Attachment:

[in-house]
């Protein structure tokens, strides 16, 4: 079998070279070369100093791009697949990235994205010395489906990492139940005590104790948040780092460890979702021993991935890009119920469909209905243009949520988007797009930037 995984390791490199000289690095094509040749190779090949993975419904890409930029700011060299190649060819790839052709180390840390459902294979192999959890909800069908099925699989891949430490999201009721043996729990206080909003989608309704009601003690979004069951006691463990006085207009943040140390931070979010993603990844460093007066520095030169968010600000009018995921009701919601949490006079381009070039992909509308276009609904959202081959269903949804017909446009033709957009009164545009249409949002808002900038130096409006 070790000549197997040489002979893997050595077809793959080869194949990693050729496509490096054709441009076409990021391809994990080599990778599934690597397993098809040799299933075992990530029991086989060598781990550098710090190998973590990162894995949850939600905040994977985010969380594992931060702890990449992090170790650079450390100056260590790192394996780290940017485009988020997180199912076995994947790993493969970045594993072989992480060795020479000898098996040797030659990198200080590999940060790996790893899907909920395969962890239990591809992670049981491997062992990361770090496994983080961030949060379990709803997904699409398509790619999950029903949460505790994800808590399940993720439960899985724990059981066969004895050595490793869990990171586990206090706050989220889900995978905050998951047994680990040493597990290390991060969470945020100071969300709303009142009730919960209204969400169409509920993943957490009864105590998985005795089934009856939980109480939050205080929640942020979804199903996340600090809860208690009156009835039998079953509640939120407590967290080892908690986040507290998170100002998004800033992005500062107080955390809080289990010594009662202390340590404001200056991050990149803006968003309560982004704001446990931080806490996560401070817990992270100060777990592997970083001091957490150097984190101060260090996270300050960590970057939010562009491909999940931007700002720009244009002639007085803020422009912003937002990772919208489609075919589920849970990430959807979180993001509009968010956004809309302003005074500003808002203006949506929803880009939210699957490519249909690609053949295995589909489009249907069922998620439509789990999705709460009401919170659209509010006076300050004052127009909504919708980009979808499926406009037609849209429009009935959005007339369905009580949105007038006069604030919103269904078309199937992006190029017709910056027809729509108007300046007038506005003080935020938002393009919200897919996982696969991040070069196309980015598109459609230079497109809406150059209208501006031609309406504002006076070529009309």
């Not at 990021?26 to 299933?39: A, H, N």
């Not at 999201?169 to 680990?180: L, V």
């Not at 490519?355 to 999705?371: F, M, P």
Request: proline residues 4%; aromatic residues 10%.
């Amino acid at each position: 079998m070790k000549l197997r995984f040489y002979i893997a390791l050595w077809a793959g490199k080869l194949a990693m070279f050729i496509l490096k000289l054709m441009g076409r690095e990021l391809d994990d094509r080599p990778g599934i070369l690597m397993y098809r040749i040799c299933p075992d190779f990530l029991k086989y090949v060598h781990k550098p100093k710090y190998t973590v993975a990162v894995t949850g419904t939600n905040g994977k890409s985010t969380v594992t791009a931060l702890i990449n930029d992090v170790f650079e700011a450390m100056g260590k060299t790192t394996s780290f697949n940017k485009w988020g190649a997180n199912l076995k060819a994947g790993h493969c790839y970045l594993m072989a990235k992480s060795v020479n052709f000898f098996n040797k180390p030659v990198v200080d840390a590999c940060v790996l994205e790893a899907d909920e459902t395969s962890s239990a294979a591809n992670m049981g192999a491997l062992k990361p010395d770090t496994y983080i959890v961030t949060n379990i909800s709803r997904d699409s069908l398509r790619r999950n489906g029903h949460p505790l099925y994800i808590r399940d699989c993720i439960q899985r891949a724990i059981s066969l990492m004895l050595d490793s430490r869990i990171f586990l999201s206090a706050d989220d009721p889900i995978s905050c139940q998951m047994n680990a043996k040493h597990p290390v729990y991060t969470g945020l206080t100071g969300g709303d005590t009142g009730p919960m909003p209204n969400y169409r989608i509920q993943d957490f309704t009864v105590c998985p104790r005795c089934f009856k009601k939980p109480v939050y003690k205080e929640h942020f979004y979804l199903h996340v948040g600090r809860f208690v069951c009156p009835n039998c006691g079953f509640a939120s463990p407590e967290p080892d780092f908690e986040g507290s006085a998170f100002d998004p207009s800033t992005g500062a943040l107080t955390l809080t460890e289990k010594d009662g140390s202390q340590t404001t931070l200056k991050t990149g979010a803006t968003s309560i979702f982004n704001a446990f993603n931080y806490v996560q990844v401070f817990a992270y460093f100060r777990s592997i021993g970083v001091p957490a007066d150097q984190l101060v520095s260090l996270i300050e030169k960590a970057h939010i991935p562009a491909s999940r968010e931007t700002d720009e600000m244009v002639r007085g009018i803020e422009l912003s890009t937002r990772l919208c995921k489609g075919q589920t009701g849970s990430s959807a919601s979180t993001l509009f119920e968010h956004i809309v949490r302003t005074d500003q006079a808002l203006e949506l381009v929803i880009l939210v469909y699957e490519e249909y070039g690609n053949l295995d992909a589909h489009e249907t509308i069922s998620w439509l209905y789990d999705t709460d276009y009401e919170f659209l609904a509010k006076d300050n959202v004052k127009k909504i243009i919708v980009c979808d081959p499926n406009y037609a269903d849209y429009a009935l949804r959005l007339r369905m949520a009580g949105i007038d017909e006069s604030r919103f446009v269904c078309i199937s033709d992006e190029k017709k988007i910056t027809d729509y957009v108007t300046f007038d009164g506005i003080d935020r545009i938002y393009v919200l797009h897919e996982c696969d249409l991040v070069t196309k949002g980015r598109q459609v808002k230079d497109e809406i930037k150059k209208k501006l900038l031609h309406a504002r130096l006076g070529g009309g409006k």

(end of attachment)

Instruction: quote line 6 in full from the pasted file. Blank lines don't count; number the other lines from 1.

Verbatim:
Request: proline residues 4%; aromatic residues 10%.